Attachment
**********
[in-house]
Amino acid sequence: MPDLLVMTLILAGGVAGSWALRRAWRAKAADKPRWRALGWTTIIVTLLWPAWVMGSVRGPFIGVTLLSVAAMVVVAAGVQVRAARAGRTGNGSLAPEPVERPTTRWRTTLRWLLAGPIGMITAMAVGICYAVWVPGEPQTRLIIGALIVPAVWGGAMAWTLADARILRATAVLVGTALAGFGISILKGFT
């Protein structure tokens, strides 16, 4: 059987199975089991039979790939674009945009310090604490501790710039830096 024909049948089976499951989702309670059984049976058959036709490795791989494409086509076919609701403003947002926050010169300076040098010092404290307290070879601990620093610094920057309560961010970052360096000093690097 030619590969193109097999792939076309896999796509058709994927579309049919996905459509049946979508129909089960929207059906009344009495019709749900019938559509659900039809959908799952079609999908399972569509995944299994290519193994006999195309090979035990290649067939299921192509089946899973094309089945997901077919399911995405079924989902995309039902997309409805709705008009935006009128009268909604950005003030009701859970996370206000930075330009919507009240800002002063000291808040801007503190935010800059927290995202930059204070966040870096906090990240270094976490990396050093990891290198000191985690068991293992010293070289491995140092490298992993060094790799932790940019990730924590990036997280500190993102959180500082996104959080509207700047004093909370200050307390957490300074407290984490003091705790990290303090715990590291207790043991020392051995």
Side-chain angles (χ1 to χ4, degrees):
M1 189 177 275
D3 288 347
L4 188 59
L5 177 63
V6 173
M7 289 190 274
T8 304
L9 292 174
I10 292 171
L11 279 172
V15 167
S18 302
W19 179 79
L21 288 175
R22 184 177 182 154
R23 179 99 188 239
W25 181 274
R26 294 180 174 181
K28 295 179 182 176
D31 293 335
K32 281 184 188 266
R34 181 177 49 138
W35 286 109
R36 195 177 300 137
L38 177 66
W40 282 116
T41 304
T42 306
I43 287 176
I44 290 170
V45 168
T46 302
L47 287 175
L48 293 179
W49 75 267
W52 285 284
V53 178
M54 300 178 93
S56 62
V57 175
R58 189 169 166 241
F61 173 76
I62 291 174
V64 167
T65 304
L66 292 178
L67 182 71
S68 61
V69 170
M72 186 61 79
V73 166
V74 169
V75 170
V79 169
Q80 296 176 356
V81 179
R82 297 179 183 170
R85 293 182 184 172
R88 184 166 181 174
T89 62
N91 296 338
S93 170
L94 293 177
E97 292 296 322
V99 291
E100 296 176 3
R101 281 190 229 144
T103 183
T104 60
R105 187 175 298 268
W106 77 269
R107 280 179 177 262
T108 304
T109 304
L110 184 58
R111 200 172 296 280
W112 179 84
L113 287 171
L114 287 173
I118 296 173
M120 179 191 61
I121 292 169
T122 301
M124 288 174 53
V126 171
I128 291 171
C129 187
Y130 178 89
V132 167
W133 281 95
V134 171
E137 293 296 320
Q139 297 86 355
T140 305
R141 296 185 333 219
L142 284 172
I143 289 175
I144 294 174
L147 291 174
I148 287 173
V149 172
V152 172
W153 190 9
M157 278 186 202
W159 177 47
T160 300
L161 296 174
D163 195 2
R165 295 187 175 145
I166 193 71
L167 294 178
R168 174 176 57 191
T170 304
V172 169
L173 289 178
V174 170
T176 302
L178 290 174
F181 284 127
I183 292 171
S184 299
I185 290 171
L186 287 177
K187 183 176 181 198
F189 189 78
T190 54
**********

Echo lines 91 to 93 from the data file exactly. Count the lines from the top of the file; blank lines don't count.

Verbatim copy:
C129 187
Y130 178 89
V132 167